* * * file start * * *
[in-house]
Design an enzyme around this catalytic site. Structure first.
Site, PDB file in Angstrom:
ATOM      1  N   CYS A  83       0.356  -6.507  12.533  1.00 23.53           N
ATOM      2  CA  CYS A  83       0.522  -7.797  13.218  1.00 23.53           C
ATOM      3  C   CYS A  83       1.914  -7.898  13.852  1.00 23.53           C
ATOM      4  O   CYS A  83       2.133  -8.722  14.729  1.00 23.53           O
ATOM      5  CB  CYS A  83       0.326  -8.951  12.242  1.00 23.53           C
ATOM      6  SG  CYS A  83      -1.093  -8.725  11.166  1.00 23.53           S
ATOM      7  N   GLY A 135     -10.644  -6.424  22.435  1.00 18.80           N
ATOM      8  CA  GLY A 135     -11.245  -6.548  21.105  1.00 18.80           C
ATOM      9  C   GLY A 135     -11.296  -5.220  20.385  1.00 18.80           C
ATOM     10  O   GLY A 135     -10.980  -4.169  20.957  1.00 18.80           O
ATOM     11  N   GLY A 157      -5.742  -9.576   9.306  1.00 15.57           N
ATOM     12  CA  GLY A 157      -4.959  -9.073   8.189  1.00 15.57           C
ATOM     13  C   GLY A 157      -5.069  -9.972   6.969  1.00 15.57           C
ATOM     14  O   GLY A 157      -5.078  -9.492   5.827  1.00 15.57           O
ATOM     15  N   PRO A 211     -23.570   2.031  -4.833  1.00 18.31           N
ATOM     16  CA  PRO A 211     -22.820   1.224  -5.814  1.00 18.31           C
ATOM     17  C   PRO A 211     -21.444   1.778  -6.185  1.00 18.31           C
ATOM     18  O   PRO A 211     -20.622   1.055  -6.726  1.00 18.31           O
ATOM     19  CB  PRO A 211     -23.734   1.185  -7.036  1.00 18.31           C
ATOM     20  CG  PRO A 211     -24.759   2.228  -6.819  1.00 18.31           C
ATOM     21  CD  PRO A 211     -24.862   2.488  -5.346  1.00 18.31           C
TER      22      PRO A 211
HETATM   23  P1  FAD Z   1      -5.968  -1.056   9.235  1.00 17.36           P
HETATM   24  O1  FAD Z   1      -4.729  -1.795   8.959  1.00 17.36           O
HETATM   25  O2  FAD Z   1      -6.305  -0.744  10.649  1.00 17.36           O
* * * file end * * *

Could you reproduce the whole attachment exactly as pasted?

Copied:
[in-house]
Design an enzyme around this catalytic site. Structure first.
Site, PDB file in Angstrom:
ATOM      1  N   CYS A  83       0.356  -6.507  12.533  1.00 23.53           N
ATOM      2  CA  CYS A  83       0.522  -7.797  13.218  1.00 23.53           C
ATOM      3  C   CYS A  83       1.914  -7.898  13.852  1.00 23.53           C
ATOM      4  O   CYS A  83       2.133  -8.722  14.729  1.00 23.53           O
ATOM      5  CB  CYS A  83       0.326  -8.951  12.242  1.00 23.53           C
ATOM      6  SG  CYS A  83      -1.093  -8.725  11.166  1.00 23.53           S
ATOM      7  N   GLY A 135     -10.644  -6.424  22.435  1.00 18.80           N
ATOM      8  CA  GLY A 135     -11.245  -6.548  21.105  1.00 18.80           C
ATOM      9  C   GLY A 135     -11.296  -5.220  20.385  1.00 18.80           C
ATOM     10  O   GLY A 135     -10.980  -4.169  20.957  1.00 18.80           O
ATOM     11  N   GLY A 157      -5.742  -9.576   9.306  1.00 15.57           N
ATOM     12  CA  GLY A 157      -4.959  -9.073   8.189  1.00 15.57           C
ATOM     13  C   GLY A 157      -5.069  -9.972   6.969  1.00 15.57           C
ATOM     14  O   GLY A 157      -5.078  -9.492   5.827  1.00 15.57           O
ATOM     15  N   PRO A 211     -23.570   2.031  -4.833  1.00 18.31           N
ATOM     16  CA  PRO A 211     -22.820   1.224  -5.814  1.00 18.31           C
ATOM     17  C   PRO A 211     -21.444   1.778  -6.185  1.00 18.31           C
ATOM     18  O   PRO A 211     -20.622   1.055  -6.726  1.00 18.31           O
ATOM     19  CB  PRO A 211     -23.734   1.185  -7.036  1.00 18.31           C
ATOM     20  CG  PRO A 211     -24.759   2.228  -6.819  1.00 18.31           C
ATOM     21  CD  PRO A 211     -24.862   2.488  -5.346  1.00 18.31           C
TER      22      PRO A 211
HETATM   23  P1  FAD Z   1      -5.968  -1.056   9.235  1.00 17.36           P
HETATM   24  O1  FAD Z   1      -4.729  -1.795   8.959  1.00 17.36           O
HETATM   25  O2  FAD Z   1      -6.305  -0.744  10.649  1.00 17.36           O